Patellofemoral syndrome is where pain originating from under the knee cap (called the patella) is caused when it doesn’t glide up and down on the knee correctly, which can be due to by many different reasons. Alignment or overuse problems of the patella can lead to wear and tear of the cartilage behind the patella. This causes pain, weakness and swelling of the knee joint.
Patients usually report:
Sensation of the patella slipping
Pain around the front part of the knee or along the edges of the kneecap
Some people experience pain with going down hills or stairs
Keeping the knee bent for long periods may cause pain
The knee may grind or crunch, pop or click when you bend it such as when squatting or going up/down stairs
These problems can affect people of all ages.
Problems usually occur when the patella suffers wear and tear due to a muscle imbalance. This usually occurs when the inside quadricep muscle called vastus medialis (also known as VMO), is weakened and/or some structures on the outside of the knee, such as the vastus lateralis another quadricep muscle, is too tight and fails to hold the patella in the correct position.
When muscles are weak for any reason, this causes the quadriceps muscles to pull the patella to more side than the other which in turn, causes more pressure and damage to the cartilage on one side of the knee and patella.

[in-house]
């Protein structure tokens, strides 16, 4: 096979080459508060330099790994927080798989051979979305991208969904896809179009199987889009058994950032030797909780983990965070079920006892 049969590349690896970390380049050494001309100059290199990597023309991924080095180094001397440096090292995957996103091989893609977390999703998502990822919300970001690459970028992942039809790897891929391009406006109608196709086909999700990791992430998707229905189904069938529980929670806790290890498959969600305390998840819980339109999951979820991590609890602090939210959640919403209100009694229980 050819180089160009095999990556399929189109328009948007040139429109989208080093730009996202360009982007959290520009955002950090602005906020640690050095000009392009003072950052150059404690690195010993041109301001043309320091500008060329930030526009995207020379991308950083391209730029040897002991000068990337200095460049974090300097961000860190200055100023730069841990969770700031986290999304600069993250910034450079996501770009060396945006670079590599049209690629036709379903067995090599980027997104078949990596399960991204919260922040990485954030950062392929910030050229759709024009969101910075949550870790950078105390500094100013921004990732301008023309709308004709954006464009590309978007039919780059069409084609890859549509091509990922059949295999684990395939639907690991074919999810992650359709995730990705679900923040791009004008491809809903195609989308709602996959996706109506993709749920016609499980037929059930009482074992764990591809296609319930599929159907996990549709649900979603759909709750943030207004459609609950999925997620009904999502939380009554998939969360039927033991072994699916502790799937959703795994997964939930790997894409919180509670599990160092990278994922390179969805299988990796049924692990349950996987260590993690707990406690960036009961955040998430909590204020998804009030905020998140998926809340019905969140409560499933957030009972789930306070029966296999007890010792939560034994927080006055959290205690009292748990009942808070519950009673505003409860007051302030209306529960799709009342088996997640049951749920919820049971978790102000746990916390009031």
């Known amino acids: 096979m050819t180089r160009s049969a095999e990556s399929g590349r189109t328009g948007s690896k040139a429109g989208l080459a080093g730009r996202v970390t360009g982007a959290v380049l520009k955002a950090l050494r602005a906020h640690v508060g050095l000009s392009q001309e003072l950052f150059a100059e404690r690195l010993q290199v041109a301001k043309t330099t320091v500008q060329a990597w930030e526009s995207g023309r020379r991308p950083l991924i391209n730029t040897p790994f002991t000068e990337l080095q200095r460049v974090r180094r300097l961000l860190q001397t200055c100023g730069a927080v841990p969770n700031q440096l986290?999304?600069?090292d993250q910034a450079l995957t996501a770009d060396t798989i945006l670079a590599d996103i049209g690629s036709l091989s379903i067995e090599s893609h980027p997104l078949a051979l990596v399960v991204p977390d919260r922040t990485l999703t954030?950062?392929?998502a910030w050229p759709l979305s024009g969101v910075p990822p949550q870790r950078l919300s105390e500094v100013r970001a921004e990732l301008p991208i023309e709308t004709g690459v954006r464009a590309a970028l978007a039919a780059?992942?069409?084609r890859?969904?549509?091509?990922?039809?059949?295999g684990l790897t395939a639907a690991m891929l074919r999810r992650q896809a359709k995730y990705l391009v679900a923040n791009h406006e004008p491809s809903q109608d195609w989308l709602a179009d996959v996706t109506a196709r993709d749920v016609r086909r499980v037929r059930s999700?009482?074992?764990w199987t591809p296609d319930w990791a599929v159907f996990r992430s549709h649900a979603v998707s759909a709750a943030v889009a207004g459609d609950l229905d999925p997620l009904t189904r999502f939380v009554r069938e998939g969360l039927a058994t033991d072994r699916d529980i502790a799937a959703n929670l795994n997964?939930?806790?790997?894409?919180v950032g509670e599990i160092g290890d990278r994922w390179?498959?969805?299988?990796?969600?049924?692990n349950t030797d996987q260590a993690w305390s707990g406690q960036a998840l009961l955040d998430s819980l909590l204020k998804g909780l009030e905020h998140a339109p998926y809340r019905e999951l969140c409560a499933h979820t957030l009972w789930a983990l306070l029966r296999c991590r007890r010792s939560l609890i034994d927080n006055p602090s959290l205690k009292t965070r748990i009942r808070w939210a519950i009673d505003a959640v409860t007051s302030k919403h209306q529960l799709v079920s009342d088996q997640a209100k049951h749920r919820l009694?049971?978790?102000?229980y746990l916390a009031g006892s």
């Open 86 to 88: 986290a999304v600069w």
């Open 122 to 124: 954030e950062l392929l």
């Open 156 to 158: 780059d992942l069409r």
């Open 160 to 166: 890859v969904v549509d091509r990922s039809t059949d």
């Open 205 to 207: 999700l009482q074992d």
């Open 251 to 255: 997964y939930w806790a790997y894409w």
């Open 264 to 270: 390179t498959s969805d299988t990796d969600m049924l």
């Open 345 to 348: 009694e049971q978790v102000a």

Common Management Techniques
Once a diagnosis is made, management of patellofemoral pain includes educating about:
Reducing or stopping activities that provoke pain and only resuming it when the pain has disappeared
Icing for 20 minutes after exercising to decrease pain and swelling
Speak with their doctor with regards to medical management e.g. NSAID’s
Self-patella mobilisations and self-taping
Bracing the knee
Address faulty lower limb and patellofemoral biomechanics
Orthotic and insole devices
Appropriate stretching techniques around the hip, knee and ankle
Use of massage and trigger point releases through tight structures
Patellofemoral syndrome is considered a self-limiting disorder. It is important that all the biomechanical factors that are contributing to the disorder are addressed and considered, and this may include other joints such as the hip and ankle.
For some people a course of physiotherapy for 6 weeks may be suitable, others may be a year.
Some patients who do not respond to conservative management may need to go on to having surgery such as an arthroscopy if structures such as cartilage are severely damaged or a lateral release if the patella problems are due to malalignment and a knee reconstruction if misalignment is severe.